The Kensington Review

18 July 2007

Latest Commentary: Volume VI, Number 86
McCain Campaign Continues Imploding -- Senator John McCain’s campaign for the White House is short of money, relatively speaking. The shortage become public knowledge after the campaigns closed their books on June 30, and resignations/firings followed. Campaign manager Terry Nelson and chief strategist John Weaver were the first to walk the plank. Then, his national press team left. This week, he’s lost key aids in South Carolina and Iowa. This is an odd position for a man who came into the race as the putative front-runner, but when its epitaph is written in the coming weeks, it will read “Sacrificed over Immigration.”

UK Expels 4 Russian “Diplomats” over Litvinenko Murder -- In the aftermath of the murder of Alexander Litvinenko in London, the British government has told four officials at the Russian embassy in London to pack their bags and go home. The BBC says that the Foreign Office has declined to name the men, but they are “known intelligence officers.” The Russians are suggesting retaliation is on its way. It’s like the 1950s all over again.

Dow Jones Board Approves Murdoch Bid -- The Board of Directors of Dow Jones Inc. yesterday approved the bid by Rupert Murdoch’s News Corp. to buy the publisher of the Wall Street Journal and Barrons. While the board was not unanimous in their support of the $5 billion bid, there was a “strong majority” in favor of it. With the recommendation of the board, there is now only shareholder approval standing between Mr. Murdoch and the crown jewel of American business journalism. While many are wringing their hands over this possibility, this journal is having a hard time caring.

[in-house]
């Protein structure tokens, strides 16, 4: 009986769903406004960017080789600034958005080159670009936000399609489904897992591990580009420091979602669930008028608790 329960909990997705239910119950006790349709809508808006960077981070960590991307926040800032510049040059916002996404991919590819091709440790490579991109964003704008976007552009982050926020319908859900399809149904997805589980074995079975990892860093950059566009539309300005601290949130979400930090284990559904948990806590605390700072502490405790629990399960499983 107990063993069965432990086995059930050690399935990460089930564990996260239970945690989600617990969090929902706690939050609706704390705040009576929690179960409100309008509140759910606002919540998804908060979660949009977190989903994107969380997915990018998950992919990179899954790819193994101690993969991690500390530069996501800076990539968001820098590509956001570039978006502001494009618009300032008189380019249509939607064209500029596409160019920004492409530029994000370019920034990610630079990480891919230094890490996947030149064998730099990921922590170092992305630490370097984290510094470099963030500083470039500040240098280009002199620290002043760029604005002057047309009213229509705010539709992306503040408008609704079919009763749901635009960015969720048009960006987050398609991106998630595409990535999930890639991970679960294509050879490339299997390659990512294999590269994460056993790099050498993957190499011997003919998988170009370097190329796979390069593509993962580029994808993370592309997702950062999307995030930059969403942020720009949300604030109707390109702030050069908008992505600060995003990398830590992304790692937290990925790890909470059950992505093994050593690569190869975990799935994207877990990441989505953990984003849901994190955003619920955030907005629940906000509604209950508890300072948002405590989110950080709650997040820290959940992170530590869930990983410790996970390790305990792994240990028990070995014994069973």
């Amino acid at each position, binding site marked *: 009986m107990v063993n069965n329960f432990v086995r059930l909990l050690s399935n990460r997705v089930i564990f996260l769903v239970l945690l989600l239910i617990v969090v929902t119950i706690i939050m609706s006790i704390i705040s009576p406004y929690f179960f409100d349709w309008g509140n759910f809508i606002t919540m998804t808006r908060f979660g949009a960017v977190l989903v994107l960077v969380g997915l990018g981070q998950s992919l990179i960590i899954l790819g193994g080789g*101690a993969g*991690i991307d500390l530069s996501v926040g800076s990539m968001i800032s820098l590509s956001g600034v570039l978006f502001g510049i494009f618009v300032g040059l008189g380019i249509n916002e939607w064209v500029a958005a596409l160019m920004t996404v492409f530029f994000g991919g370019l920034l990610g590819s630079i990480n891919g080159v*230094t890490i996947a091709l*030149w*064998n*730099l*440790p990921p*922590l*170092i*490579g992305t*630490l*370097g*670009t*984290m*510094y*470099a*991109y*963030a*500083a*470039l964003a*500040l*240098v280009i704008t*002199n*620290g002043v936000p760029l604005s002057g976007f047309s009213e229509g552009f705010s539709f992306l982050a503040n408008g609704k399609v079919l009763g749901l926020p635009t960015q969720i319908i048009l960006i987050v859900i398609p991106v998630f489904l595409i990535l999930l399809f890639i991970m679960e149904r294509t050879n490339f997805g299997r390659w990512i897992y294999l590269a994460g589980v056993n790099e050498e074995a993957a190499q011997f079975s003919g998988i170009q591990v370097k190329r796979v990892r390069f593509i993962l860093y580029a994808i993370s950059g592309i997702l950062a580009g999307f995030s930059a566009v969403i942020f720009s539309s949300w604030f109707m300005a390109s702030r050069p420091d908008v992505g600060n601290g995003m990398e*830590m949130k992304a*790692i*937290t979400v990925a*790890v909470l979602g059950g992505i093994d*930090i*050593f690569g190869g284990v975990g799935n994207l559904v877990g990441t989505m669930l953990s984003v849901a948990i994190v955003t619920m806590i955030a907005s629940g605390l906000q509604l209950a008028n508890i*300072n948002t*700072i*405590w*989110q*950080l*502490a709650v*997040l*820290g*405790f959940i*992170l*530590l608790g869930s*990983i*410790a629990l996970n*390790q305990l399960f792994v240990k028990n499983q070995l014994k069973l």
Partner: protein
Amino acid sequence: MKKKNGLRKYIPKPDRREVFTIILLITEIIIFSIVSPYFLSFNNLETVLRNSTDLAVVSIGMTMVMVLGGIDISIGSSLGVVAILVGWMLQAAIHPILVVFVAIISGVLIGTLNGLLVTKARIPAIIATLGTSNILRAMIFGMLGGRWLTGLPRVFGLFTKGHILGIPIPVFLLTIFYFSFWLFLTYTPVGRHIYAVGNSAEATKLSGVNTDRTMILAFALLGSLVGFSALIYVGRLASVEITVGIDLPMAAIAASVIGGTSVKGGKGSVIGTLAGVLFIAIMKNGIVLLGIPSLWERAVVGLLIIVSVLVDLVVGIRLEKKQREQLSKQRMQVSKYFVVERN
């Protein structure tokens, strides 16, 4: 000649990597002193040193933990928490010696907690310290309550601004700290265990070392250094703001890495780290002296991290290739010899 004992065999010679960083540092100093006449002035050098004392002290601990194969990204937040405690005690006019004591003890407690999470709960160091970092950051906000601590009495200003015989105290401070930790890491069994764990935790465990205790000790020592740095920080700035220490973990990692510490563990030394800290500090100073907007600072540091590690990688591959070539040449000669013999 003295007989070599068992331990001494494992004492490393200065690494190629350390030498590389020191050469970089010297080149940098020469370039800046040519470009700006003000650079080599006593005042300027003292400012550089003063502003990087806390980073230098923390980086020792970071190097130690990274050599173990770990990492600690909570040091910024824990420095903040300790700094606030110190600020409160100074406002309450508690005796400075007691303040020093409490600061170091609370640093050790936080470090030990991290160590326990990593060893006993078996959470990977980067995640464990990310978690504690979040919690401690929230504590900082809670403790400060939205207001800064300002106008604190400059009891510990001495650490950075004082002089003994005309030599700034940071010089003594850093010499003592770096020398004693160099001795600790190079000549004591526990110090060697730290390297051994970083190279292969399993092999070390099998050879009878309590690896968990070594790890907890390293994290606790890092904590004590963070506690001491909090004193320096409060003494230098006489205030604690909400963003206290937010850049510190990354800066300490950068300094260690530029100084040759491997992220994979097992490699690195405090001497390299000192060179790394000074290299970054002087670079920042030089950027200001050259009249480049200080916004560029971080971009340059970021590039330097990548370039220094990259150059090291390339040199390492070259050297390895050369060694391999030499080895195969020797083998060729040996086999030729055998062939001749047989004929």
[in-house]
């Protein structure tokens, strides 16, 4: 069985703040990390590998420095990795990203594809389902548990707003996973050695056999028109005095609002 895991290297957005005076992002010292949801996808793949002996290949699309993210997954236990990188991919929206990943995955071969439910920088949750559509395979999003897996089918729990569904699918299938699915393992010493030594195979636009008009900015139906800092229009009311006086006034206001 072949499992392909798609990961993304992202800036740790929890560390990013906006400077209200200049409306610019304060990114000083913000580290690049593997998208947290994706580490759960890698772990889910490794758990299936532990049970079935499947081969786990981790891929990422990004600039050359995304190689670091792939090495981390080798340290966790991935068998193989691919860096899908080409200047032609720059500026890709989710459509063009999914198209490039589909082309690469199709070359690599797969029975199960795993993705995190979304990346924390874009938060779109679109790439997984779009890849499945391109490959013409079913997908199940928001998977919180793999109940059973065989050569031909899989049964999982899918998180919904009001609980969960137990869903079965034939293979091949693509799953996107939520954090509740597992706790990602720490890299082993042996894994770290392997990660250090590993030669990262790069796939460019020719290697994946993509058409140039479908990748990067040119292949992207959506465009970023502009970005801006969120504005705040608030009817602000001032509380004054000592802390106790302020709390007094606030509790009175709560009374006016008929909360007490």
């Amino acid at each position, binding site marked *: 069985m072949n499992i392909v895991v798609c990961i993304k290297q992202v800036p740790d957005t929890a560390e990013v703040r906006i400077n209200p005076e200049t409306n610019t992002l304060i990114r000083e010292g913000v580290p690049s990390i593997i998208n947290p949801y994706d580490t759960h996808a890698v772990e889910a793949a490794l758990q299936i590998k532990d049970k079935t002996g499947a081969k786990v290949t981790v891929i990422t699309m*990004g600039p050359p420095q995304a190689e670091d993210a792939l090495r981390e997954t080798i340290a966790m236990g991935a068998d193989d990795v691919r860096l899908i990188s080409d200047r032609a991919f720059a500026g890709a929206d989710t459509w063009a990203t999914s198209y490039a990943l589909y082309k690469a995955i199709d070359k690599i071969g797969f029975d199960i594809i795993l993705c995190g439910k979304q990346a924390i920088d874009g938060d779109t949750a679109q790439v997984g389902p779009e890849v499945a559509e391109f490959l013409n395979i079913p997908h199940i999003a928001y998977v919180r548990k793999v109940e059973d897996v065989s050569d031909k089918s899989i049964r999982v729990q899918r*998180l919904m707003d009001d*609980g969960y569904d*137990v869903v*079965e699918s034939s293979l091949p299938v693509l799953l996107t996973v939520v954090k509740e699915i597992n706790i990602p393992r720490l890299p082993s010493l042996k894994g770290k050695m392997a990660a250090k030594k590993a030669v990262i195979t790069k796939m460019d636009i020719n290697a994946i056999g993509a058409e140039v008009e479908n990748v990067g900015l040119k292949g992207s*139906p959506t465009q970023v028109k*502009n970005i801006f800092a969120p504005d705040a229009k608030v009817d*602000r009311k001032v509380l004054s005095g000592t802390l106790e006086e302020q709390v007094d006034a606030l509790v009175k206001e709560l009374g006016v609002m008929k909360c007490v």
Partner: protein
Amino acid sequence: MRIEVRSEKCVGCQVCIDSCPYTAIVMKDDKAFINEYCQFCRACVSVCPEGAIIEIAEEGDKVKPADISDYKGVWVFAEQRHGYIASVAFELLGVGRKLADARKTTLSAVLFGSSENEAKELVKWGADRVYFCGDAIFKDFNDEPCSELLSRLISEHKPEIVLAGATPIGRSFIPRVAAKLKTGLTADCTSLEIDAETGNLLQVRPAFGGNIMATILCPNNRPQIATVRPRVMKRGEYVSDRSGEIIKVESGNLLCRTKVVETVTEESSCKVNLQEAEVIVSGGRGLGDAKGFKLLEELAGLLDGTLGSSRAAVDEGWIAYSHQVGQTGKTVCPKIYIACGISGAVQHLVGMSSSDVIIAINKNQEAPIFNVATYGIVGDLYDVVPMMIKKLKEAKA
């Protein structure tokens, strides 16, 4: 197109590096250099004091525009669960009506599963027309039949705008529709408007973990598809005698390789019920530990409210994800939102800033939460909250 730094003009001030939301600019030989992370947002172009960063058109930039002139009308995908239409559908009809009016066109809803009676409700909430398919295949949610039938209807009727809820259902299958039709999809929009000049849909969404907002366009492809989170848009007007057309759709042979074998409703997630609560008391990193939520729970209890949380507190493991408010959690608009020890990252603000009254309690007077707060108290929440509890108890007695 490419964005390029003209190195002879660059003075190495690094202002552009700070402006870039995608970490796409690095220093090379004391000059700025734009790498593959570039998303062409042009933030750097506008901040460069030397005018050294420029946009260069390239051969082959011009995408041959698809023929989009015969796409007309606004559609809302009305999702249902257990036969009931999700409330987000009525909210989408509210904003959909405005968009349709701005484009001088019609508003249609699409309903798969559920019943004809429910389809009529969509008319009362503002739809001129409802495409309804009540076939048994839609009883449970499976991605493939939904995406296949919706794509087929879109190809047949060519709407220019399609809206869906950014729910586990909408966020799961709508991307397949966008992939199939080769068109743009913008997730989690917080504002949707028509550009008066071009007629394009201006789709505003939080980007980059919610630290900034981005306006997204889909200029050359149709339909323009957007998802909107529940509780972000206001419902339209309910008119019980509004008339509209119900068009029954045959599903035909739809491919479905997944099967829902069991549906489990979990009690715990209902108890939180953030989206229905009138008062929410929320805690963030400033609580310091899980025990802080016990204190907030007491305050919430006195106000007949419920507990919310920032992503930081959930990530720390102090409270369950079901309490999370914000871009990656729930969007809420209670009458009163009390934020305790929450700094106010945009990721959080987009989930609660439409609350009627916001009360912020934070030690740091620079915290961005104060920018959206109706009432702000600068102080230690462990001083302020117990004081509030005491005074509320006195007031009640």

British Courts Lose the Wigs -- Nothing sets the English legal profession apart from its compatriots elsewhere quite so much as its sartorial requirements. Whether one views the clothes and accessories as a uniform or a costume, such attire does make a judge stand out when walking down the street. Now, the Lord Chief Justice, Lord Phillips of Worth Matravers, has decided that wigs are not required in civil or family court cases. The wig will remain for criminal cases, and the number of gowns reduced.

© Copyright 2007 by The Kensington Review, Jeff Myhre, PhD, Editor. No part of this publication may be reproduced without written consent. Produced using Fedora Linux.


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